We had a chat with illustrator Mandy Sutcliffe and asked her about her background, inspiration and the work that goes into creating her adorable characters, Belle & Boo!
How did you get into art and illustration? What is it that appeals to you? Have you always loved drawing?
Yes, I have always loved drawing. It was the thing I was good at and being an eldest child I think I suffered from wanting to be approved and noticed – so I drew more and got better. I didn't always love it. I suffered terribly (still do) from feelings of inadequacy. I remember the exact moment when I was choosing paint for a new illustration and feeling excited and thinking, ‘WOW this is the first time I have felt excitement rather than fear’. It was a pivotal point. Now, when I can I lose myself within the illustrations and there is truly nothing better.
Did you know your work would be so popular?
No, never. I always thought I was OK, maybe a bit better than average. I still get overwhelmed when I look at my favourite illustrators and have moments where I think ‘what's the point’, but then very quickly I feel challenged to keep trying, keep creating, work harder and push myself. It's so rewarding and humbling that people like what I do. What a pleasure!
What is your background – do you have any design or creative qualifications?
I did an art foundation course at Stockport, which was one of the most influential years of my life, creatively. I had some amazingly inspiring teachers and to DO art everyday all day was incredible. I then went on to Leeds to study a degree in Illustration. During my second year I went on an exchange to Paris and, again, this was such an influential time as I surrounded myself with art works by the greats: Degas, Bonnard, Vulliard. As a student, all the museums were free so I would pop in just to see a particular painting [ssiggghhhh]… to have that time again would be wonderful.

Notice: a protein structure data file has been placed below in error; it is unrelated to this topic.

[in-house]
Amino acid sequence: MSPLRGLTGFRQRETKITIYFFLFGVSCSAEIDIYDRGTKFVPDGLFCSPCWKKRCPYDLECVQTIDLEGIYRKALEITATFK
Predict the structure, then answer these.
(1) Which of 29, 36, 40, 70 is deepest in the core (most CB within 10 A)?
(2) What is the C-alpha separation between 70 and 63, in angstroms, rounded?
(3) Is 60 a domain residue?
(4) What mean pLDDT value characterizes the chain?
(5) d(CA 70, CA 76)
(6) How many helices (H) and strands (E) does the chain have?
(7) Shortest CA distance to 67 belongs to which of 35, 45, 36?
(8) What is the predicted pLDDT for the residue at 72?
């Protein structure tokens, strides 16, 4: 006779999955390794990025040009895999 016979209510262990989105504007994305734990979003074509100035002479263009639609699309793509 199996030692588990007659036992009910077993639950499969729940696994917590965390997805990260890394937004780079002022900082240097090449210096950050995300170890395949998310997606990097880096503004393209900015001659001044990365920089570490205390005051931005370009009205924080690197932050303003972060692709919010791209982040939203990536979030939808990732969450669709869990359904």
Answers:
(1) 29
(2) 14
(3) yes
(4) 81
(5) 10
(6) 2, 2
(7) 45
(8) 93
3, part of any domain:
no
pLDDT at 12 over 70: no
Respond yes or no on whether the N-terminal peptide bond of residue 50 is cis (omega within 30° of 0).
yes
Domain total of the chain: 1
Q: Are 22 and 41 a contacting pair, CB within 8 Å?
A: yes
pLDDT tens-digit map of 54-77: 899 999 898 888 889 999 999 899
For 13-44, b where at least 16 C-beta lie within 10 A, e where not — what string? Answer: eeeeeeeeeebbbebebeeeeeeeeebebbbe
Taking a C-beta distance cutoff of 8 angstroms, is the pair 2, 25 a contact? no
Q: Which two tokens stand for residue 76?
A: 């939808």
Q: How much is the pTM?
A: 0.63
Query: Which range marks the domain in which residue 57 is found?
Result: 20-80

Are there any other illustrators or artists whose work you admire, and why?
So so many! My contemporaries would be Emily Winfield Martin, Julia Morstad and Rebecca Cobb. My dad is a wonderful draftsman and he taught me many of the things I use today– particularly perspective and the reminder to just start. A blank piece of paper is a scary piece of paper. My all time favourites are Cicely Mary Barker, Jessie Wilcox Smith, EH Shepard… the usual greats!
Tell us what inspires you the most in your designing and why it has such an influence.
The books from my childhood inspire me the most – and the golden age of illustration! They were such great draftsmen and that is usually what I look for – the line work and the sweetness of the pose. I am fascinated by children and the way their minds work. They have such great imagination and ease with which they exist in the world; the freedom to just be, I guess. Aesthetically, I am drawn to cute poses of children with big hair and turned in toes. Now that I have 2 of my own little models around the house, it is a joy to watch the way they stand and play and express themselves. That is my inspiration.
How did you come up with the names Belle & Boo?
I drew them and I named them. It's just who they were and have always been – no more interesting answer I am afraid.
What one design would be your favourite from the Belle & Boo range?
I tend to always love what I am working on at the moment. Currently, I am creating a Belle & Boo paper play Pirate ship. I also absolutely LOVE the cross stitch patterns that have so cleverly been created. I especially love seeing them as cushions. I use our new stationery and home wares from the ‘The Make Everything Better’ range around the house which I really enjoy. As having two boys that love Batman and Star Wars, my Belle and Boo pictures are slowly being replaced in their nursery booooo :(
What do you want people to get from cross stitching the Belle & Boo characters?
Peace, creativity, sweetness, an item to be hopefully treasured by the receiver and a curiosity about the characters and their story. We hope our products will be handed down the generations, I have art work on my children’s wall now that I had as a child in my nursery. If the same happened with a Belle & Boo cross stitch piece, that would be wonderful!
Tell us about the process of creating in your working day.
I work 3 full days a week. On those days I am at my desk with a coffee by 9.30. I then catch up in the studio with everyone socially and work-wise! Then, I check emails. Once I am read to start work I put on my huge headphones and download LBC's James O’Brien show from the day before – or the Archers Omnibus on a Monday!
Then I start! If I am working on a new project, I usual start by looking on Pinterest for inspiration. Then I roughly sketch out my ideas. I work on tracing paper and scan in lots of different bits and then manipulate my drawings in Photoshop, print them out, sketch back into them over and over until I am happy with the line work. At that point, I move on to colour which I also do in Photoshop, adding textures and drawn patterns as I go. How long a piece takes is so difficult to determine… I find time bends to fit deadlines so I guess the answer is how much pressure I am under to finish the piece!
Don't miss the fab Belle & Boo project in issue 239!